The current EU fiscal framework is not fit for purpose to cope with today’s challenges: unprecedented levels of investments are needed to achieve environmental, societal, and economic goals and for a sustainable recovery after the COVID pandemic. Public funding plays an important role to navigate through this transition and build resilient societies. However, the fiscal flexibility of Member States is constrained by the EU governance framework, which requires EU governments to adhere to strict fiscal rules.
After the 2008 financial crisis, austerity policies in the EU led to a double-dip recession, the EU economy recovered much slower than others, unemployment rose massively in many parts of Europe and triggered the euro crisis. Austerity measures have contributed to anti-EU sentiment and enabled populist sentiments and movements to rise. The risk of instability and divergence of Member States through austerity must now be avoided.
The political momentum for reforming the EU fiscal framework is larger than ever. In this lively and critical debate, many reform proposals have been put forward, however, reform proposals tend not to be responsive to the political sensitivities and the technical feasibility at the same time.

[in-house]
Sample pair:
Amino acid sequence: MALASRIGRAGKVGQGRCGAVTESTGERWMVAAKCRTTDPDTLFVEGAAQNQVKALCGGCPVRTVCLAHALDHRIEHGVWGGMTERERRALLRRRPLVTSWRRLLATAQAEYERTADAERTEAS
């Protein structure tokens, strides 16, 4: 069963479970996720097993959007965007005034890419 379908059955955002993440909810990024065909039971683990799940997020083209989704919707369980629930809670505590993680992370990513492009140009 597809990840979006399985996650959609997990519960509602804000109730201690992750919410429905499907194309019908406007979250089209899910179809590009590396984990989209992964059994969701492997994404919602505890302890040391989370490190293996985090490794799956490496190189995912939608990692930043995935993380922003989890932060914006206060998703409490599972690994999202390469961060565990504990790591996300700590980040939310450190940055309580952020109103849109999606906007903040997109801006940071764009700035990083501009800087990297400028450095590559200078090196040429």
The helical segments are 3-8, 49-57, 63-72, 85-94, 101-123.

This report fills a gap as it provides a structured overview of the reform proposals for the EU fiscal framework and a comprehensive assessment of their feasibility and impact. It assesses the political feasibility of the reform proposals, identifies what changes in EU legislation would be required to implement the proposals and highlights the administrative hurdles that implementation could entail. In addition, the proposals are also assessed in terms of the potential additional fiscal flexibility they would generate and whether the proposals are tied to green and social objectives as well as investment.
By comparing the different goals of the proposals and identifying the different parts of the existing regulations targeted by the proposals, the report shows which reform proposals can complement each other and which are mutually exclusive. It thus provides a solid basis for decision-makers to facilitate comparison and discussion of the existing reform proposals.
The preliminary results of this report were presented in a workshop during the FiscalMatters week of debate. You can find the slides of the presentation here and the recording of the workshop here. Further background in the annexes of the report can be found here.
Disclaimer: There was an error in the last version of the report of October. We have now corrected it in this current version.